each end to the swivel. A a length of surgical tubing, or the like,
connects the snap ring hook to a preselected object for limiting the
mobility of the animal. When two leg cuffs are used, the object will be
the second leg cuff. Such a second cuff will be substantially like the
The above and other objects, advantages and features of the present
invention will become more readily apparent from the following detailed
description of the presently preferred embodiment as illustrated in the
BRIEF DESCRIPTION OF THE DRAWING
FIG. 1 is a view partly in cross section illustrating a preferred form of a
hobble that is constructed and arranged in accordance with the present
DETAILED DESCRIPTION OF THE INVENTION
Referring to FIG. 1, an improved hobble is identified generally by the
numeral 10. Each end of a safety rope 11 is fastened to the eye ring 12 of
a bull snap ring 13.
The length of the safety rope 11 is preselected to limit the maximum stride
that is to be permitted for an animal. Therefore, the length of the safety
rope 11, as well as other components of the hobble 10, are varied in size
to accommodate situational requirements.
The safety rope 11 is substantially inelastic. While a small degree of
initial elasticity by the safety rope 11 is permissible, it is selected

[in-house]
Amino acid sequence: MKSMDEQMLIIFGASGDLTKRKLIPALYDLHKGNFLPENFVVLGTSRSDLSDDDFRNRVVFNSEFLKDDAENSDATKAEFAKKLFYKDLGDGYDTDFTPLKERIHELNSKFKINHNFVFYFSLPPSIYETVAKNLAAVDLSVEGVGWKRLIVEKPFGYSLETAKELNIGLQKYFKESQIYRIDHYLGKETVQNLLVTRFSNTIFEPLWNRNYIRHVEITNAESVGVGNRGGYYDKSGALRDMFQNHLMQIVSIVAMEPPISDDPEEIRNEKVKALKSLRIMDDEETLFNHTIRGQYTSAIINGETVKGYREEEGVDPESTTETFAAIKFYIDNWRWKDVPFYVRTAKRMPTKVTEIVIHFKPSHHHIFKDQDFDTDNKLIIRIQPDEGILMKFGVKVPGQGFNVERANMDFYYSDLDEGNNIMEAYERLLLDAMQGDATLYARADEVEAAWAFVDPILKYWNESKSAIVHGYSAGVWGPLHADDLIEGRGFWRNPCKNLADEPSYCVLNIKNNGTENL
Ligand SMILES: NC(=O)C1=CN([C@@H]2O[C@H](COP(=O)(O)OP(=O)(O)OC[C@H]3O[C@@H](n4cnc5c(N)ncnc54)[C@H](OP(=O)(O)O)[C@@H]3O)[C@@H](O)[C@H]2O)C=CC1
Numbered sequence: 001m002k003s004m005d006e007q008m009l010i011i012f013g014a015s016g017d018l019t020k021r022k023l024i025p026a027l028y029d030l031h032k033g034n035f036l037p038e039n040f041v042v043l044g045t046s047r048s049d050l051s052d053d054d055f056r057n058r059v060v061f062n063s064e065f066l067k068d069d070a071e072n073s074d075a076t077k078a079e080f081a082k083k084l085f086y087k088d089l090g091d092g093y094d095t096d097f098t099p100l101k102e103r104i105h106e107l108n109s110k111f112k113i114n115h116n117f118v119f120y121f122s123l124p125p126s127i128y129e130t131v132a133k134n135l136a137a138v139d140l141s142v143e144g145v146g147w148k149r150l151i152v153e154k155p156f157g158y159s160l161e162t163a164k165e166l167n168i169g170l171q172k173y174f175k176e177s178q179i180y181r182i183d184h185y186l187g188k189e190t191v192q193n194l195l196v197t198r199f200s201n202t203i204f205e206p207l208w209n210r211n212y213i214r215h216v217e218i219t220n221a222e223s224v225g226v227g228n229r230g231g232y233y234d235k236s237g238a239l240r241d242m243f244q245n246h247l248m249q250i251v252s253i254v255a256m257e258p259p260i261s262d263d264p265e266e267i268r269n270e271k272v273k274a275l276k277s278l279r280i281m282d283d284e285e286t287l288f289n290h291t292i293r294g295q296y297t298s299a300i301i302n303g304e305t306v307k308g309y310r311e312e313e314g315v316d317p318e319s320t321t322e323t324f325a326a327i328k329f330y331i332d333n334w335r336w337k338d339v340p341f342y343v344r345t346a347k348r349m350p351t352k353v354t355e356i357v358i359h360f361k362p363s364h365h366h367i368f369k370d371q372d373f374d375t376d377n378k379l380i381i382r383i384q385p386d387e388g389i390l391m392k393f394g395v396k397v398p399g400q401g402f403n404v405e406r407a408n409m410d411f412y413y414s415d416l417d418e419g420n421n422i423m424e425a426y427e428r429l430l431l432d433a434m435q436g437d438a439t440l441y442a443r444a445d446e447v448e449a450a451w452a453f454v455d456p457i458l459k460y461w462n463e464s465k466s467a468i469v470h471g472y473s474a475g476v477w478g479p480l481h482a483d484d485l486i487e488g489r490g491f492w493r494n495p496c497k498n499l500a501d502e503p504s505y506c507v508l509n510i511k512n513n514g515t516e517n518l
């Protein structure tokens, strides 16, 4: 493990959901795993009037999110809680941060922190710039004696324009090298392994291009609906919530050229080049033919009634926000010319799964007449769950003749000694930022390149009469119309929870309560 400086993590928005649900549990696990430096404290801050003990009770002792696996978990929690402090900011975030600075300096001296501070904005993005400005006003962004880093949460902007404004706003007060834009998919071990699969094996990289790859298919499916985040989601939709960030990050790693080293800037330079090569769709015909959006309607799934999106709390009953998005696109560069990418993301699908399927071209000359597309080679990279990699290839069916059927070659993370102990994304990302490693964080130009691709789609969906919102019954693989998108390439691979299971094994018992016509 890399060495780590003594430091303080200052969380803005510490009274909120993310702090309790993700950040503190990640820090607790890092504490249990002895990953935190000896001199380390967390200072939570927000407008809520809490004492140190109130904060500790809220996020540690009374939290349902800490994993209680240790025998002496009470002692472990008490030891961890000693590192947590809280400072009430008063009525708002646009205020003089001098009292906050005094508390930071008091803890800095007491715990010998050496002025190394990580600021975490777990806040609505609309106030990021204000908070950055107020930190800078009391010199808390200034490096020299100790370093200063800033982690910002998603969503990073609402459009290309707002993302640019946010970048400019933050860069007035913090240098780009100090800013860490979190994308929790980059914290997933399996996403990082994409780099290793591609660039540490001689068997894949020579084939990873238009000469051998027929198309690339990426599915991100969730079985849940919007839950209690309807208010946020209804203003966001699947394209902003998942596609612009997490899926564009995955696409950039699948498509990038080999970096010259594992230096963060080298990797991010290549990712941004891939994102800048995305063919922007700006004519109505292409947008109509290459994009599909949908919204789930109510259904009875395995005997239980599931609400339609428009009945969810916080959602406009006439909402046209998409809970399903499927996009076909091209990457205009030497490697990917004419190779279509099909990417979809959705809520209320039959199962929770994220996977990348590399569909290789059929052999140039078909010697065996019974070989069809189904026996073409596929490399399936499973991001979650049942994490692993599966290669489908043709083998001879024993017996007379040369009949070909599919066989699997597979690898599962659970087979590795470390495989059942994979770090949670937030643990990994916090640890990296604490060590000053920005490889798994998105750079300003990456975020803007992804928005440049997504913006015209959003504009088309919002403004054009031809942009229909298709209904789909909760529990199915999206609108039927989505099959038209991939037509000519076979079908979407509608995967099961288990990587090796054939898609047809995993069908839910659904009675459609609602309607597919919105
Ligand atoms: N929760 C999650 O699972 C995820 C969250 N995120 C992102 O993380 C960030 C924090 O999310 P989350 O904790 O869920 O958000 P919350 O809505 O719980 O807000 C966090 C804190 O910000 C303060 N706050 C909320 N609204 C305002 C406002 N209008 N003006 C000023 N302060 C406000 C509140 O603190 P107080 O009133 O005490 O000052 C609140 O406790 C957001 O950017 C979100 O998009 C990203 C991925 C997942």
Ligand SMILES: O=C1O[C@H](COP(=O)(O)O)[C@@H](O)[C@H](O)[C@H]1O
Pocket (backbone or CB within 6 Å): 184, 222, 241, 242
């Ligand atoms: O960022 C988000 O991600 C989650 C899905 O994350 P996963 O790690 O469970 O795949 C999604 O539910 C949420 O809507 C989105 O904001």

specifically so as to preclude excessive stretching, which is undesirable
because it would remove an upper limit to the maximum length of stride
that may be taken by a hobbled animal.
A length of a resilient connection, such as surgical tubing 14, covers the
safety rope 11 as well as the larger eye ring 12 of each snap ring 13 and
extends over the smaller shank of each snap ring 13 sufficiently far so as
to cover the eye ring 12 completely. The surgical tubing 14 is secured
around the shank of each snap ring 13 by a wire band 15 that is twisted
until tight. Any excess wire band 15 material is removed.
The length of surgical tubing 14 that extends past the wire band 15 over
the shank of each snap ring 13 is folded back over the wire band 15,
thereby covering the wire band 15. This is to prevent contact between the
wire band 15 and the leg of the animal.